T10 bermudagrass is the rapid-recovery “vehicle” for high-traffic, low-maintenance turf areas. Although it shows wear a bit sooner than denser varieties, its extremely aggressive lateral growth habit enables it to recover quickly from damaging traffic.
Even better, T10 exhibits outstanding performance in low-maintenance conditions, requiring less fertilizer, less irrigation and less than half the mowing of other bermudagrasses. In short, T10 translates to significant savings in maintenance expenses.
It’s no wonder T10 has been called the “most under-utilized turfgrass in the South.” If you have a high-traffic site, but a limited budget, turn to T10, grown only by Buy Sod in the Carolinas and Virginia.
T10 bermudagrass is a warm-season variety suited for Hardiness Zones 7A, 7B, 8A and 8B.
Attributes and Benefits
- Aggressive lateral growth habit = recovers quickly from wear.
- Slower upright growth = less mowing.
- Lower fertility and irrigation needs = reduced input expenses.
- Wider leaf blade = can be mowed with a rotary mower.
- Deep blue-green color = requires less fertilizer to look its best, and contrasts nicely with other varieties.
- Excellent cold tolerance = extended growth range.
- Sunlight Requirement: Needs full sun for optimal growth (at least 8 hours of sun per day).
- Mowing: Best maintained at 1.0” to 2.0” mowing heights (rotary mower).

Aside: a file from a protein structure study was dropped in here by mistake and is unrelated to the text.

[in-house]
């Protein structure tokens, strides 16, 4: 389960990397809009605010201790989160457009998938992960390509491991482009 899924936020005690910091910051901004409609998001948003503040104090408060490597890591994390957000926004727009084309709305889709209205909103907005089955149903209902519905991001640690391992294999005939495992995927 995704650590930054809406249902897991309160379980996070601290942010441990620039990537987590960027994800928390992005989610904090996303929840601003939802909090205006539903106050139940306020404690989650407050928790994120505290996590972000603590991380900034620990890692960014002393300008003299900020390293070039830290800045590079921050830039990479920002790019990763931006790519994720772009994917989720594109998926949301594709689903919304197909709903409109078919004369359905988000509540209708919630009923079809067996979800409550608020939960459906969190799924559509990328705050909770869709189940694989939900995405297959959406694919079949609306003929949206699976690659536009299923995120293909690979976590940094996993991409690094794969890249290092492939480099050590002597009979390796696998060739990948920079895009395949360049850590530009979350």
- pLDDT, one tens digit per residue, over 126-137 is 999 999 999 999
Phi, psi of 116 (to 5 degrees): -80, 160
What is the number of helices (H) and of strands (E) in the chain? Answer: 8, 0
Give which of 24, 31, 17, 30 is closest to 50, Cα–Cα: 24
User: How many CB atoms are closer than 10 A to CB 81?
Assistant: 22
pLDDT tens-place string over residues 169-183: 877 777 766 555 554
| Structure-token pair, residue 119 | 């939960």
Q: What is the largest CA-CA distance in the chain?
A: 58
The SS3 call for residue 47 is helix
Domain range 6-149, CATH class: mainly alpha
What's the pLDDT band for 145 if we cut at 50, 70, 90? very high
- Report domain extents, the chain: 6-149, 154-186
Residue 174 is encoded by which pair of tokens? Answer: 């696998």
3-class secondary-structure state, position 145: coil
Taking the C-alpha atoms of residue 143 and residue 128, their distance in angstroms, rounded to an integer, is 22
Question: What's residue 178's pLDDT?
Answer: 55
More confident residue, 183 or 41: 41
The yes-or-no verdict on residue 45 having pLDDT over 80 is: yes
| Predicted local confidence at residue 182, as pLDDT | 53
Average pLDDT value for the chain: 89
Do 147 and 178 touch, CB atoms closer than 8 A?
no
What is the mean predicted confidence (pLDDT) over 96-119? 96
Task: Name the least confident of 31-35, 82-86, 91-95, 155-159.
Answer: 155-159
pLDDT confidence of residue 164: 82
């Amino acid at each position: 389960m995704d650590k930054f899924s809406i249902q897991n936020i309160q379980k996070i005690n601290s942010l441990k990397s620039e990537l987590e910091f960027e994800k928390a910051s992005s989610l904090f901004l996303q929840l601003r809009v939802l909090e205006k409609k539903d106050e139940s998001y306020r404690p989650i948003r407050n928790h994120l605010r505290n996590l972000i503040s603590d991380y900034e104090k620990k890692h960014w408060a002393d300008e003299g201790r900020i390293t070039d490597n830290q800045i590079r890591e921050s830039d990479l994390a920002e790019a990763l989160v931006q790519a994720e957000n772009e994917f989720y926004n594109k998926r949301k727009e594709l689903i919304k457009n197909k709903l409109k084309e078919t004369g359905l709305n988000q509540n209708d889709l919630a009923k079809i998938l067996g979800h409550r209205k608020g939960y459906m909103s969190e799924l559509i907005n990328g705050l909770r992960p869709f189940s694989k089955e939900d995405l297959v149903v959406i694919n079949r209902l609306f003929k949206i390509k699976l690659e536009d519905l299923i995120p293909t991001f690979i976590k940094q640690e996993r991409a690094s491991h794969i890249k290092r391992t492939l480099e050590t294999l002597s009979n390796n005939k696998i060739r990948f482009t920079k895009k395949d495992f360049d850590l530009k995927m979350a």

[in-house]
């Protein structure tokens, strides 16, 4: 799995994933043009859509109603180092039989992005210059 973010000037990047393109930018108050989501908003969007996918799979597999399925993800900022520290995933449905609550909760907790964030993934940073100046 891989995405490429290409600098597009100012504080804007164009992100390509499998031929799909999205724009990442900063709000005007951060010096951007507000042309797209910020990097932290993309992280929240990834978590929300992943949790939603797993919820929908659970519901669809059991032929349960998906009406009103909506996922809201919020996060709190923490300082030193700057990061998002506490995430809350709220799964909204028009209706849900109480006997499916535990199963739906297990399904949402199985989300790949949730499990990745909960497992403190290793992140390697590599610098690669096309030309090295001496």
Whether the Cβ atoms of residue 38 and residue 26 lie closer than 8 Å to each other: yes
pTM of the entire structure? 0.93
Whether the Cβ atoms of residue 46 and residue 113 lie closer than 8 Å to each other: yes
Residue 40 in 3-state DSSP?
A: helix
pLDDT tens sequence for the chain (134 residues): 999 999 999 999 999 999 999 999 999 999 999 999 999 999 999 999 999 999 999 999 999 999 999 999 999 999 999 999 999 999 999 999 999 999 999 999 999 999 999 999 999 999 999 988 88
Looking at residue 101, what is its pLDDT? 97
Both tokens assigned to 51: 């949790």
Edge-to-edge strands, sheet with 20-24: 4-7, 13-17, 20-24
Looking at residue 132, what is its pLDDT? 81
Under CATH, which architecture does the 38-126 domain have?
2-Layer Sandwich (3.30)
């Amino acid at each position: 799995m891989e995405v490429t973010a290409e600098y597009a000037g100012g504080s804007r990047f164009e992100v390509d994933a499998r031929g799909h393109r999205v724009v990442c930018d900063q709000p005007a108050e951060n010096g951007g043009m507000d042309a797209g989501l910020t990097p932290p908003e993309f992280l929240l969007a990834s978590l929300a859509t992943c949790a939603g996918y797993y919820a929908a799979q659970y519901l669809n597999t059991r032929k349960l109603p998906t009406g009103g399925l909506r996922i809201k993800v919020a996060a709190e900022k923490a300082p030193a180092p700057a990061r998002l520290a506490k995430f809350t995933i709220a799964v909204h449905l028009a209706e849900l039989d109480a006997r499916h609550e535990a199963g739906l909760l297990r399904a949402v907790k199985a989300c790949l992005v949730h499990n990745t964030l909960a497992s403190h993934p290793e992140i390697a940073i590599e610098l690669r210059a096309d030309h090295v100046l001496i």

- Fertility: Recommended 3 to 4 lbs. N/1,000 ft2/year.
- Weed Control: All herbicides labeled for use on bermudagrass can be safely applied to Buy Sod’s T10. Always follow label instructions.
- Insect Control: All insecticides labeled for use on bermudagrass can safely applied to Buy Sod’s T10. Always follow label instructions.
- Golf — driving-range landing areas, roughs and other low-maintenance areas.
- Sports — high-traffic, low-maintenance fields (high schools and parks & recreation facilities).
- Highway rights-of-way (great for soil-erosion control).
Released by the University of Georgia and the Coastal Plain Experimental Station in Tifton, GA, T10 was originally collected in 1974 by Dr. Glenn Burton from a lawn in Shanghai, China. Further developed by Dr. Burton and Dr. Wayne Hanna, it was released in 1988.
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